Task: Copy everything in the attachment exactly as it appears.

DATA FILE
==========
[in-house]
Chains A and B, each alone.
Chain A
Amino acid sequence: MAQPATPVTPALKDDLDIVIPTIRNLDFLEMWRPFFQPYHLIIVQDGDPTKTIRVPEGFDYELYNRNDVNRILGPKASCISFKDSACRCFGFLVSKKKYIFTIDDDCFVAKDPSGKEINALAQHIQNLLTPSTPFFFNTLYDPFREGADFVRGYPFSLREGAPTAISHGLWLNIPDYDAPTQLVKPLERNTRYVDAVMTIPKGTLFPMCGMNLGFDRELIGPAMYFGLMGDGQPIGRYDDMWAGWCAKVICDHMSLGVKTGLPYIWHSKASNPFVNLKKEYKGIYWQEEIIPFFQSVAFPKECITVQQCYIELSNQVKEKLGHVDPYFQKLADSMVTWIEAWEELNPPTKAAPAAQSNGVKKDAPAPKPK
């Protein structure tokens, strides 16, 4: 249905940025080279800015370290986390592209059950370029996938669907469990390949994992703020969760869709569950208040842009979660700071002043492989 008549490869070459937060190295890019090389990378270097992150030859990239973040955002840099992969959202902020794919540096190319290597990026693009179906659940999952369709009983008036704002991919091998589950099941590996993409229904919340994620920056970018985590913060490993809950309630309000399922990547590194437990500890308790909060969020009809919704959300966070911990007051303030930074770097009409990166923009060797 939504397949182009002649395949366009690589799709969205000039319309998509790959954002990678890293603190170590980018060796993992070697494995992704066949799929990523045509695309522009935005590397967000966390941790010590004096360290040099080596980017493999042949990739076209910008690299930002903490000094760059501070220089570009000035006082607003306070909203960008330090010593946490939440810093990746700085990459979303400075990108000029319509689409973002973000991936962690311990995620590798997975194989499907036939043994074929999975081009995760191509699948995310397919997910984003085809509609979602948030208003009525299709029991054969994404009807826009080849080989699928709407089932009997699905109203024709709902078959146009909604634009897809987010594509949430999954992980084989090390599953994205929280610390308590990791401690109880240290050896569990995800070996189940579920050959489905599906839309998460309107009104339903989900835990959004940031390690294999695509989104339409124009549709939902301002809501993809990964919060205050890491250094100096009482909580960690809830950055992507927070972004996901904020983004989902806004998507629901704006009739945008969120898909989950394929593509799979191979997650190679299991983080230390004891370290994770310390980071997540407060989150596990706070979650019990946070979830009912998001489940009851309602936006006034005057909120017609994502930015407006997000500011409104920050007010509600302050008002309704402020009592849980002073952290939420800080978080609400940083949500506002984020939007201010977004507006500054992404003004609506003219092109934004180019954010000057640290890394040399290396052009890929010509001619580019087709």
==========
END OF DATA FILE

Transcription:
[in-house]
Chains A and B, each alone.
Chain A
Amino acid sequence: MAQPATPVTPALKDDLDIVIPTIRNLDFLEMWRPFFQPYHLIIVQDGDPTKTIRVPEGFDYELYNRNDVNRILGPKASCISFKDSACRCFGFLVSKKKYIFTIDDDCFVAKDPSGKEINALAQHIQNLLTPSTPFFFNTLYDPFREGADFVRGYPFSLREGAPTAISHGLWLNIPDYDAPTQLVKPLERNTRYVDAVMTIPKGTLFPMCGMNLGFDRELIGPAMYFGLMGDGQPIGRYDDMWAGWCAKVICDHMSLGVKTGLPYIWHSKASNPFVNLKKEYKGIYWQEEIIPFFQSVAFPKECITVQQCYIELSNQVKEKLGHVDPYFQKLADSMVTWIEAWEELNPPTKAAPAAQSNGVKKDAPAPKPK
């Protein structure tokens, strides 16, 4: 249905940025080279800015370290986390592209059950370029996938669907469990390949994992703020969760869709569950208040842009979660700071002043492989 008549490869070459937060190295890019090389990378270097992150030859990239973040955002840099992969959202902020794919540096190319290597990026693009179906659940999952369709009983008036704002991919091998589950099941590996993409229904919340994620920056970018985590913060490993809950309630309000399922990547590194437990500890308790909060969020009809919704959300966070911990007051303030930074770097009409990166923009060797 939504397949182009002649395949366009690589799709969205000039319309998509790959954002990678890293603190170590980018060796993992070697494995992704066949799929990523045509695309522009935005590397967000966390941790010590004096360290040099080596980017493999042949990739076209910008690299930002903490000094760059501070220089570009000035006082607003306070909203960008330090010593946490939440810093990746700085990459979303400075990108000029319509689409973002973000991936962690311990995620590798997975194989499907036939043994074929999975081009995760191509699948995310397919997910984003085809509609979602948030208003009525299709029991054969994404009807826009080849080989699928709407089932009997699905109203024709709902078959146009909604634009897809987010594509949430999954992980084989090390599953994205929280610390308590990791401690109880240290050896569990995800070996189940579920050959489905599906839309998460309107009104339903989900835990959004940031390690294999695509989104339409124009549709939902301002809501993809990964919060205050890491250094100096009482909580960690809830950055992507927070972004996901904020983004989902806004998507629901704006009739945008969120898909989950394929593509799979191979997650190679299991983080230390004891370290994770310390980071997540407060989150596990706070979650019990946070979830009912998001489940009851309602936006006034005057909120017609994502930015407006997000500011409104920050007010509600302050008002309704402020009592849980002073952290939420800080978080609400940083949500506002984020939007201010977004507006500054992404003004609506003219092109934004180019954010000057640290890394040399290396052009890929010509001619580019087709």